Although my family cherishes grandmother Raisa’s handwritten recipe collection, forshmak was among the many dishes that she would prepare from memory, leaving us no written record of her method. Today I appreciate that her recipe was truly unique, with a mouthwatering tartness that I have yet to encounter in the dozens of forshmak variations I’ve since tried from Eastern European groceries and restaurants. And as I discovered in Ukraine, there are as many varieties of forshmak as there are people who make it, Jewish or gentile.

On a visit to Lviv a month after the meal at Favorite Uncle, my husband and I stopped into the very haimish Cafe Jerusalem for a kosher-style lunch complete with three forshmak varieties. Once again, the vinegary taste I so desperately craved was conspicuously absent, making me wonder: Was grandmother Raisa’s recipe really that obscure? Even more surprising was spotting forshmak at the military-themed restaurant Kryivka alongside Ukrainian moonshine and garlic-infused pig fat. That the menu was garishly treyf didn’t bother me at all; tasting forshmak pureed with mayonnaise, on the other hand, felt all but sacrilegious.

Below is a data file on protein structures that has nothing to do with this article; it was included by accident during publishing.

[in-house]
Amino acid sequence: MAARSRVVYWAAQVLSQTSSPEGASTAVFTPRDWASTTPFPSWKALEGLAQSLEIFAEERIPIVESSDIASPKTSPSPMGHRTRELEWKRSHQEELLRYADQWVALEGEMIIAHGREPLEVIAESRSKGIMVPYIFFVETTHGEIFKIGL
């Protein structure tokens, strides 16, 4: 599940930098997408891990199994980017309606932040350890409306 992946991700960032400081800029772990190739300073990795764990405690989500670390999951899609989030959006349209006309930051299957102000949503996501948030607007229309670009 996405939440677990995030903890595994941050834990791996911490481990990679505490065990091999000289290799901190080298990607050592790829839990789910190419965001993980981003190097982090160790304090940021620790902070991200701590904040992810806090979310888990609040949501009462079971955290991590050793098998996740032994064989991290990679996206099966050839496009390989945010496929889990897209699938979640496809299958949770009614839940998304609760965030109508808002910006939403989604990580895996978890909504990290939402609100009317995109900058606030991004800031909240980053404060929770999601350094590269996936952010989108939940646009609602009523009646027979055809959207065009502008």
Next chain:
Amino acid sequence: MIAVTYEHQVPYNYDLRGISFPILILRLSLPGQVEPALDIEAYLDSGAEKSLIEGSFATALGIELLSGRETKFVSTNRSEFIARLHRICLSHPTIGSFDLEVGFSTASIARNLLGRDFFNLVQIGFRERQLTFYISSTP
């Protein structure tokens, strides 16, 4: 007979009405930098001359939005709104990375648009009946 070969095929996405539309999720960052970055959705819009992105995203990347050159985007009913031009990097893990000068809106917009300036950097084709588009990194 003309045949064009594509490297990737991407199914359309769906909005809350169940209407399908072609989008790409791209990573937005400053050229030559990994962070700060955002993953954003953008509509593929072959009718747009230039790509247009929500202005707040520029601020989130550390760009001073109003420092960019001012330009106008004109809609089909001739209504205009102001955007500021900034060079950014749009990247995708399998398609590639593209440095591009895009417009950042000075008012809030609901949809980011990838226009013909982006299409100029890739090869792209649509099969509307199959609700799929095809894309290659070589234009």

Having tried so many forshmak varieties to no avail, it was time to attempt my grandmother’s recipe myself. I returned home to New York with a pang of reverse culture shock that could only be remedied by a visit to my parents on Brighton Beach. There my mother joined me in reverse-engineering her mother’s recipe. “The secret is in the black bread,” she said. “In Odessa they used white bread, but in Kyiv, grandma Raisa used only black.”

As my mother and I cut the ingredients down to size, I pictured the magnificent spread of my grandmother’s dinner parties, set to perfection on a folding table in the living room where guests would scurry in from the winter chill, fur coats piled on the bedspread and ladies’ perfume mingling with the scent of piping hot borscht. Despite leaving all their savings in the Soviet Union and only scraping by as immigrants in America, my grandparents never stopped loving to entertain—and though I didn’t realize it as a child, grandmother Raisa was truly an extraordinary hostess.

The ingredients fell from the meat grinder into the mixing bowl, and I scooped them up with the first utensil I could find. Without any need for adjustments, the taste was remarkably spot on. It turns out that the holy grail of forshmak recipes had been waiting for me at home all along—and this time I made sure to write it down.

The Recipe

Raisa’s Forshmak

Raisa’s Forshmak

Samantha Shokin is a writer and musician based in Brooklyn.